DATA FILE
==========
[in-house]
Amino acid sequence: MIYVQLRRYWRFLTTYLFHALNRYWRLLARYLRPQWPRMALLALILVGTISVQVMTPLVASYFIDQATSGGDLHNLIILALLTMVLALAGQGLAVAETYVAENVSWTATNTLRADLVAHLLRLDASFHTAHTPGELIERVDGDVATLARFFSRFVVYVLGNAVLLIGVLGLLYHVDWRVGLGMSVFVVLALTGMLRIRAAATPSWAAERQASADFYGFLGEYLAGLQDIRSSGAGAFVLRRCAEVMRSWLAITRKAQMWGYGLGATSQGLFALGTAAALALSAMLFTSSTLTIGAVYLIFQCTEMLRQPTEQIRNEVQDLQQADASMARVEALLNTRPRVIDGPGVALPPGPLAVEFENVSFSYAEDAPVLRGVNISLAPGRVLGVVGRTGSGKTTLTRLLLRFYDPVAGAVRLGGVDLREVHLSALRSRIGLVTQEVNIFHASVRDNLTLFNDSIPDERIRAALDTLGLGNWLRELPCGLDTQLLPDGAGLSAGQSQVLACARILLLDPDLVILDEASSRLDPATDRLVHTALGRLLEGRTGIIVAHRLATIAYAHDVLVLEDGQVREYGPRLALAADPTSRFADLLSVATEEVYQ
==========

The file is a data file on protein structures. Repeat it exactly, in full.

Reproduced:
[in-house]
Amino acid sequence: MIYVQLRRYWRFLTTYLFHALNRYWRLLARYLRPQWPRMALLALILVGTISVQVMTPLVASYFIDQATSGGDLHNLIILALLTMVLALAGQGLAVAETYVAENVSWTATNTLRADLVAHLLRLDASFHTAHTPGELIERVDGDVATLARFFSRFVVYVLGNAVLLIGVLGLLYHVDWRVGLGMSVFVVLALTGMLRIRAAATPSWAAERQASADFYGFLGEYLAGLQDIRSSGAGAFVLRRCAEVMRSWLAITRKAQMWGYGLGATSQGLFALGTAAALALSAMLFTSSTLTIGAVYLIFQCTEMLRQPTEQIRNEVQDLQQADASMARVEALLNTRPRVIDGPGVALPPGPLAVEFENVSFSYAEDAPVLRGVNISLAPGRVLGVVGRTGSGKTTLTRLLLRFYDPVAGAVRLGGVDLREVHLSALRSRIGLVTQEVNIFHASVRDNLTLFNDSIPDERIRAALDTLGLGNWLRELPCGLDTQLLPDGAGLSAGQSQVLACARILLLDPDLVILDEASSRLDPATDRLVHTALGRLLEGRTGIIVAHRLATIAYAHDVLVLEDGQVREYGPRLALAADPTSRFADLLSVATEEVYQ